No one has contacted me about killing deer or turkey, so I guess opening week of the hunting season wasn’t exactly a good week.
Things are about to change, starting now. Things get tougher when I hunt, because the turkeys know I’m out there and tremble in their boots. (I really haven’t seen them wearing boots, I must say.)
Some news to pass along is this: Through the years I’ve noticed that fall turkey flocks always feed with the rising and setting sun at their backs. I am no expert, but that is fact. When you set up, try to keep that in mind.
I got some bad reactions to last week’s column, as a few readers were upset that I talked about leaving this journey we call life. They all agreed we all must pay that debt, but they don’t want me to let them think I’m taking an early train. Let me assure you I’m not. If anyone tells you I’ve done anything to end this journey, ask for an investigation. I didn’t do it.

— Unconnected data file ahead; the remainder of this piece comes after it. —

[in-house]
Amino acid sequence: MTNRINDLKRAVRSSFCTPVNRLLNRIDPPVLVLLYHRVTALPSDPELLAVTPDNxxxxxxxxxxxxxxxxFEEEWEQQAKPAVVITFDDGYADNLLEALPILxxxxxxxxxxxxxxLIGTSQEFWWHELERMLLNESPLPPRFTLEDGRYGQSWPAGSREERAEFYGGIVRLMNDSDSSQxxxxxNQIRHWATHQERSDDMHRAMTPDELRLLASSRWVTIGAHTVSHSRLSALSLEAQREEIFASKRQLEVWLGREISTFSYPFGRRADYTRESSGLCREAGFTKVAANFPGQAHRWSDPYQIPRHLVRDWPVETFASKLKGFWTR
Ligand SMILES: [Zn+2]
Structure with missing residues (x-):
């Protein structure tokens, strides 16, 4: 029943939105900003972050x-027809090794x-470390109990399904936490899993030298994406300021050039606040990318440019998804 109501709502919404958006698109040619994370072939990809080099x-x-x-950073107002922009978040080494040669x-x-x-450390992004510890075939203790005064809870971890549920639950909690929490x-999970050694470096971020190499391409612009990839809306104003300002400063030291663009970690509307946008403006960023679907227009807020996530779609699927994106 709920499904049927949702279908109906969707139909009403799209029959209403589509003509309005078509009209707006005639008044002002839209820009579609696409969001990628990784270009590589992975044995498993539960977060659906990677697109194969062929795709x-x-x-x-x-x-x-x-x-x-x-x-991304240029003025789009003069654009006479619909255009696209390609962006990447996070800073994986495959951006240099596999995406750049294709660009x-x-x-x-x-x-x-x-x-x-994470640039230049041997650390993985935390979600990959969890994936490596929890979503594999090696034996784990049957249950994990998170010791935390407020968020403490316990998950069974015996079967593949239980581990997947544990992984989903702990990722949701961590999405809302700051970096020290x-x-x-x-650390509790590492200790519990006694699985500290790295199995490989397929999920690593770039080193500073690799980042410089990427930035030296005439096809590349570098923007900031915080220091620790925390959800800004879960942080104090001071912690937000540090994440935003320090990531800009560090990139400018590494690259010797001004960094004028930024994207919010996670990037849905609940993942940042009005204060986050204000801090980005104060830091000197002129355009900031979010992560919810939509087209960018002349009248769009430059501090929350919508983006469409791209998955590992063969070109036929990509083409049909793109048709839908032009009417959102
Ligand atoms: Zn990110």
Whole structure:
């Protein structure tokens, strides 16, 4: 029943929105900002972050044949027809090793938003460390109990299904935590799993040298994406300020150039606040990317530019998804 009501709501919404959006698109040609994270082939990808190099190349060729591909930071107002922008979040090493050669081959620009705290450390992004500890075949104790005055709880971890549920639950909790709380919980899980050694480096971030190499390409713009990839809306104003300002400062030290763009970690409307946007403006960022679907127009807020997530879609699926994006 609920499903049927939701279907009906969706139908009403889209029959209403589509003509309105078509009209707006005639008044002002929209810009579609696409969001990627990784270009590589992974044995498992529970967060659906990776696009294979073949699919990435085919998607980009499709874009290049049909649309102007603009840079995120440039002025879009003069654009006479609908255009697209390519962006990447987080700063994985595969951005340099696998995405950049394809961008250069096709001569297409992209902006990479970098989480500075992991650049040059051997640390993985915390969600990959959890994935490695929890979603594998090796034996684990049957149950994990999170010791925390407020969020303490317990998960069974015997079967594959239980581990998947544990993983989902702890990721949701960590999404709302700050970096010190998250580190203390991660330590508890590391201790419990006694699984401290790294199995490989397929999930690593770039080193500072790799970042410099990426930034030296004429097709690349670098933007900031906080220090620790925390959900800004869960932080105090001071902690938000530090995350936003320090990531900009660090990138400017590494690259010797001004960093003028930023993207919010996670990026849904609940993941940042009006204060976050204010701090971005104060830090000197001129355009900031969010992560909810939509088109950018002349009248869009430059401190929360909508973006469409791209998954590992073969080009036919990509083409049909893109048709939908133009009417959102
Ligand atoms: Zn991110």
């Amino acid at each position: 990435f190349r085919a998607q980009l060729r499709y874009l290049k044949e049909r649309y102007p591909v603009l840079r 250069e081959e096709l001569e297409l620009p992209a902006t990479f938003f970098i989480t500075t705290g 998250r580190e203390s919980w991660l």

Such was the case this spring, right after the spring hatch came off . I was going to cut grass, started the mower, started to leg up, bam, right between the eyes. I went down like a French prize fighter. The next thing I remember were the words, “Get up, I told you to cut the grass, not lie down and take a nap.” The blood was pouring, my head was spinning, ears ringing, and I couldn’t focus. A six or seven pound baby turkey — of course it had to be a little gobbler — had flown at top speed and hit me dead between the eyes.
Of course he met his demise and I almost met mine, but I made it. So remember that things happen fast, and we might leave here sooner than we thought, but I’ll try to stick around.
That may have happened last spring, but right now I just can’t remember! See you around town this week.